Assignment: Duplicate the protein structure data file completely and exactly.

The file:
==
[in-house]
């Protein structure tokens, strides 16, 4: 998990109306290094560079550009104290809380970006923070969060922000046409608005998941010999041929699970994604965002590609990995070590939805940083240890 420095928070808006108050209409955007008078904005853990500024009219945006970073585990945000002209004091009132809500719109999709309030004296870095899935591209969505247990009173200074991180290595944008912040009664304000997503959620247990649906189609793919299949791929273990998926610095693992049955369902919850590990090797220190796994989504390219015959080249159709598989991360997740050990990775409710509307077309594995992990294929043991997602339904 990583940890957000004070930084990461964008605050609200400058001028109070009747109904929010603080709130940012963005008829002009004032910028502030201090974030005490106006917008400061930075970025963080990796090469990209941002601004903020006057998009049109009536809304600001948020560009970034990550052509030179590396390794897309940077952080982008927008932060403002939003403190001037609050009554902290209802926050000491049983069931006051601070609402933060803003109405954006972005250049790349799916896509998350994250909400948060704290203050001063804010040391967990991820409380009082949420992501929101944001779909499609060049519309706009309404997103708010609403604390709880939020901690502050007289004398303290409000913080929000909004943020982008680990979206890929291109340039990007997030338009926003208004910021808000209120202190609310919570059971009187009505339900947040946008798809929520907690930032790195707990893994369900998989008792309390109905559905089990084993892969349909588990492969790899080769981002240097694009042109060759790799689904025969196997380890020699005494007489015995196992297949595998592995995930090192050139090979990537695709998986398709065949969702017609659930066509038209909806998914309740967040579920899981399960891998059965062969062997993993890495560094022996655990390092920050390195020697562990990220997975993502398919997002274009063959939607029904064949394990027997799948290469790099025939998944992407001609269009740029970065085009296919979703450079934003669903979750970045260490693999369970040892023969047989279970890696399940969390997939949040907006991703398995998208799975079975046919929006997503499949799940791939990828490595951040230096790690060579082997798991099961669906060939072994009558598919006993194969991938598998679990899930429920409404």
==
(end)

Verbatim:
[in-house]
């Protein structure tokens, strides 16, 4: 998990109306290094560079550009104290809380970006923070969060922000046409608005998941010999041929699970994604965002590609990995070590939805940083240890 420095928070808006108050209409955007008078904005853990500024009219945006970073585990945000002209004091009132809500719109999709309030004296870095899935591209969505247990009173200074991180290595944008912040009664304000997503959620247990649906189609793919299949791929273990998926610095693992049955369902919850590990090797220190796994989504390219015959080249159709598989991360997740050990990775409710509307077309594995992990294929043991997602339904 990583940890957000004070930084990461964008605050609200400058001028109070009747109904929010603080709130940012963005008829002009004032910028502030201090974030005490106006917008400061930075970025963080990796090469990209941002601004903020006057998009049109009536809304600001948020560009970034990550052509030179590396390794897309940077952080982008927008932060403002939003403190001037609050009554902290209802926050000491049983069931006051601070609402933060803003109405954006972005250049790349799916896509998350994250909400948060704290203050001063804010040391967990991820409380009082949420992501929101944001779909499609060049519309706009309404997103708010609403604390709880939020901690502050007289004398303290409000913080929000909004943020982008680990979206890929291109340039990007997030338009926003208004910021808000209120202190609310919570059971009187009505339900947040946008798809929520907690930032790195707990893994369900998989008792309390109905559905089990084993892969349909588990492969790899080769981002240097694009042109060759790799689904025969196997380890020699005494007489015995196992297949595998592995995930090192050139090979990537695709998986398709065949969702017609659930066509038209909806998914309740967040579920899981399960891998059965062969062997993993890495560094022996655990390092920050390195020697562990990220997975993502398919997002274009063959939607029904064949394990027997799948290469790099025939998944992407001609269009740029970065085009296919979703450079934003669903979750970045260490693999369970040892023969047989279970890696399940969390997939949040907006991703398995998208799975079975046919929006997503499949799940791939990828490595951040230096790690060579082997798991099961669906060939072994009558598919006993194969991938598998679990899930429920409404």